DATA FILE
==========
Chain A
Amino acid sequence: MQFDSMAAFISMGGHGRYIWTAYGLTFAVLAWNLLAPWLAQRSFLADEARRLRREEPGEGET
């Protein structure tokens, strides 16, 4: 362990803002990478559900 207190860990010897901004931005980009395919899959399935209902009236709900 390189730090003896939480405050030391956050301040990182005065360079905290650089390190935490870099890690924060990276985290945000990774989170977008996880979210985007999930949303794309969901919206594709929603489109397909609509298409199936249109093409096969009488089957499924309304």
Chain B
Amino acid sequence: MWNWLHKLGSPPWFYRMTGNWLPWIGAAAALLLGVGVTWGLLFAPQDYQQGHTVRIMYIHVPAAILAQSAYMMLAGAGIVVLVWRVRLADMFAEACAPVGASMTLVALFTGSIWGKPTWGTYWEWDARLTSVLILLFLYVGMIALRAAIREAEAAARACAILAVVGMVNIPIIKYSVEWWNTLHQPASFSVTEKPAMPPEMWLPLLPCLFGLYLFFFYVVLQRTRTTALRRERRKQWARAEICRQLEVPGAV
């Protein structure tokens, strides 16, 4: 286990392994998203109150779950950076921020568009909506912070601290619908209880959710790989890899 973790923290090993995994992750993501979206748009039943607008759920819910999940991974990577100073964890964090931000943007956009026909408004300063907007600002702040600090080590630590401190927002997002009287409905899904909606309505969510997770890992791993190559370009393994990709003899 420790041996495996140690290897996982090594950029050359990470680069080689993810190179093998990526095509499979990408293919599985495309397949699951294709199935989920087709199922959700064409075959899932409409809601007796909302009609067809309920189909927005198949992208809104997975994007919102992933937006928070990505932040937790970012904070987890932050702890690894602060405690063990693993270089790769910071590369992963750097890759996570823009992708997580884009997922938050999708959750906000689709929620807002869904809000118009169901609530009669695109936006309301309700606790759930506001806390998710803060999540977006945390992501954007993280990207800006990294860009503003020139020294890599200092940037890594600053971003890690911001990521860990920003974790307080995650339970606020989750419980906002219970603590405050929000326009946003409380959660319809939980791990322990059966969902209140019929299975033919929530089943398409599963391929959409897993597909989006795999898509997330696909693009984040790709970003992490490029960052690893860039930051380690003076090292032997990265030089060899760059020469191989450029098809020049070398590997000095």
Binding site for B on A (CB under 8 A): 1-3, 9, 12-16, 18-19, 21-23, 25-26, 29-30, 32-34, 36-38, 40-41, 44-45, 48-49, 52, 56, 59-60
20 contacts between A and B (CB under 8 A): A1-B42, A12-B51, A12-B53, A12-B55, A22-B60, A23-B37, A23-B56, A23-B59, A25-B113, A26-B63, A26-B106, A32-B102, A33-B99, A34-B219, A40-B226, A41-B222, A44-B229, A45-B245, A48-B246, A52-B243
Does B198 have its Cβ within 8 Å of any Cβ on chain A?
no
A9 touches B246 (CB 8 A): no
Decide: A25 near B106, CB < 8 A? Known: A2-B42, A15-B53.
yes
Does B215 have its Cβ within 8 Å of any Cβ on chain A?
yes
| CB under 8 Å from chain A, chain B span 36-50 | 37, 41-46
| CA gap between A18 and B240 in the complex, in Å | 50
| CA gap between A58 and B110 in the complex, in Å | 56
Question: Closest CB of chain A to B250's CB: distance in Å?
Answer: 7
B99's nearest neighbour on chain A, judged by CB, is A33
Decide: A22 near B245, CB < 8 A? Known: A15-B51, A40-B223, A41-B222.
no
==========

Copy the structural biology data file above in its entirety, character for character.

Chain A
Amino acid sequence: MQFDSMAAFISMGGHGRYIWTAYGLTFAVLAWNLLAPWLAQRSFLADEARRLRREEPGEGET
């Protein structure tokens, strides 16, 4: 362990803002990478559900 207190860990010897901004931005980009395919899959399935209902009236709900 390189730090003896939480405050030391956050301040990182005065360079905290650089390190935490870099890690924060990276985290945000990774989170977008996880979210985007999930949303794309969901919206594709929603489109397909609509298409199936249109093409096969009488089957499924309304």
Chain B
Amino acid sequence: MWNWLHKLGSPPWFYRMTGNWLPWIGAAAALLLGVGVTWGLLFAPQDYQQGHTVRIMYIHVPAAILAQSAYMMLAGAGIVVLVWRVRLADMFAEACAPVGASMTLVALFTGSIWGKPTWGTYWEWDARLTSVLILLFLYVGMIALRAAIREAEAAARACAILAVVGMVNIPIIKYSVEWWNTLHQPASFSVTEKPAMPPEMWLPLLPCLFGLYLFFFYVVLQRTRTTALRRERRKQWARAEICRQLEVPGAV
């Protein structure tokens, strides 16, 4: 286990392994998203109150779950950076921020568009909506912070601290619908209880959710790989890899 973790923290090993995994992750993501979206748009039943607008759920819910999940991974990577100073964890964090931000943007956009026909408004300063907007600002702040600090080590630590401190927002997002009287409905899904909606309505969510997770890992791993190559370009393994990709003899 420790041996495996140690290897996982090594950029050359990470680069080689993810190179093998990526095509499979990408293919599985495309397949699951294709199935989920087709199922959700064409075959899932409409809601007796909302009609067809309920189909927005198949992208809104997975994007919102992933937006928070990505932040937790970012904070987890932050702890690894602060405690063990693993270089790769910071590369992963750097890759996570823009992708997580884009997922938050999708959750906000689709929620807002869904809000118009169901609530009669695109936006309301309700606790759930506001806390998710803060999540977006945390992501954007993280990207800006990294860009503003020139020294890599200092940037890594600053971003890690911001990521860990920003974790307080995650339970606020989750419980906002219970603590405050929000326009946003409380959660319809939980791990322990059966969902209140019929299975033919929530089943398409599963391929959409897993597909989006795999898509997330696909693009984040790709970003992490490029960052690893860039930051380690003076090292032997990265030089060899760059020469191989450029098809020049070398590997000095």
Binding site for B on A (CB under 8 A): 1-3, 9, 12-16, 18-19, 21-23, 25-26, 29-30, 32-34, 36-38, 40-41, 44-45, 48-49, 52, 56, 59-60
20 contacts between A and B (CB under 8 A): A1-B42, A12-B51, A12-B53, A12-B55, A22-B60, A23-B37, A23-B56, A23-B59, A25-B113, A26-B63, A26-B106, A32-B102, A33-B99, A34-B219, A40-B226, A41-B222, A44-B229, A45-B245, A48-B246, A52-B243
Does B198 have its Cβ within 8 Å of any Cβ on chain A?
no
A9 touches B246 (CB 8 A): no
Decide: A25 near B106, CB < 8 A? Known: A2-B42, A15-B53.
yes
Does B215 have its Cβ within 8 Å of any Cβ on chain A?
yes
| CB under 8 Å from chain A, chain B span 36-50 | 37, 41-46
| CA gap between A18 and B240 in the complex, in Å | 50
| CA gap between A58 and B110 in the complex, in Å | 56
Question: Closest CB of chain A to B250's CB: distance in Å?
Answer: 7
B99's nearest neighbour on chain A, judged by CB, is A33
Decide: A22 near B245, CB < 8 A? Known: A15-B51, A40-B223, A41-B222.
no